Infertility is not a nice word; like many English words, it has a connotation of sadness, sorrow, and exclusion. Barren is no better; it implies emptiness, lack, and a dead end. Would reproductively challenged be more palatable? In today’s PC world, this term could catch on, but I doubt if it would make women in my situation feel better.
However I can talk about infertility now. I do not feel the same sadness I once did, but when I am honest with myself, (which is not often enough) I will admit that it still hurts once in a while. Maybe only because I know I cannot join labor and delivery conversations and be part of the group. Maybe because I would love to know what our biological kids would have looked like and been like ( I know, there’s and app for that.) Maybe because grandparenthood is around the corner (at least hoping so), and this brings up the next generation of infertility reminders. Having adopted three wonderful kids meant that the pain was pushed down for many years. I can honestly say that our kids brought us the greatest joy we have ever known (in earthly terms). However my recent interaction with newborns of my friends’ kids brought up some fresh issues that never occurred to me.
For example, our son married one of my closest China friends’ daughter. When Joanna has a baby, in addition to our beautiful Joanna and handsome Jack, we will see our dear friends, Heng Wing and Yhi Hua, but we won’t see Joe and I. It’s ok; we will get over it. But admitting that it might sting a little is just being honest. Joe and I joked that we will make up for it by implanting our personalities into our grandchildren, rather than our genes (we put the fun in dysfunctional). Some of you are now worried about these grandchildren because you know Joe and I a bit too well.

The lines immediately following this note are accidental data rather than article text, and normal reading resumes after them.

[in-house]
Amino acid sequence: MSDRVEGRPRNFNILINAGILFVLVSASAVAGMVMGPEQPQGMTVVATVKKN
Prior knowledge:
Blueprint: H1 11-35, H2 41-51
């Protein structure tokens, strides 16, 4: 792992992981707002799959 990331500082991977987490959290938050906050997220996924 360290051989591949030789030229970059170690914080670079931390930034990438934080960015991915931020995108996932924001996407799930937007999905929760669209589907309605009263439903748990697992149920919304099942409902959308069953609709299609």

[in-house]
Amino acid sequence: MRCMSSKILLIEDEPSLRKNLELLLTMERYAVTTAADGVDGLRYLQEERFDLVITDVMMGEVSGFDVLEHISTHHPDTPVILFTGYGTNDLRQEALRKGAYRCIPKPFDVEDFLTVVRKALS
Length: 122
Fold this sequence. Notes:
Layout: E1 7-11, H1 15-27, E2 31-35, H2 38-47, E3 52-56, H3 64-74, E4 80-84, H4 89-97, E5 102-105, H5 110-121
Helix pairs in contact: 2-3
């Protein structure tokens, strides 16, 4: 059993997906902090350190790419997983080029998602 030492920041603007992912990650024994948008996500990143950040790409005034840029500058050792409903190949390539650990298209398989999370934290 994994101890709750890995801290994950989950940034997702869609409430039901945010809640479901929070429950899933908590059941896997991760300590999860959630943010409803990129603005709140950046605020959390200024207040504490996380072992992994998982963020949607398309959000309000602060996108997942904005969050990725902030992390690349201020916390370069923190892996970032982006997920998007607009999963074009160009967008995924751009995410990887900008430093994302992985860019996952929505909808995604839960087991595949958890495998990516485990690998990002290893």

I think that such a private but real sting is just part of living in a fallen world, where sickness and sorrow and sin are present. Even though I have had a very happy life-there is always the awareness that some things are broken, and not all that they could be. When I die, I will be free of that tiny seed of sorrow that is still in my heart. And most days I don’t think about it actually. But when I look in those tiny newborn faces one day, I will probably be reminded of something that I almost forgot.
It occurs to me that some reading this will now say “Wait–your kids were adopted?!” “But they look (and act) just like you and Joe!” Smile. Our infertility/adoption story can only be shared in small bites, and I am ready to do it now. It will probably not make you laugh, but it did have a happy ending. Maybe it will help someone who like me, could not get pregnant. Maybe it will minister to someone who gave their baby up for adoption, or who was given up themselves. We all share in the joy/sorrow mix that is part of every adoption story. If it does, I will be most happy to share the journey. Much more to come.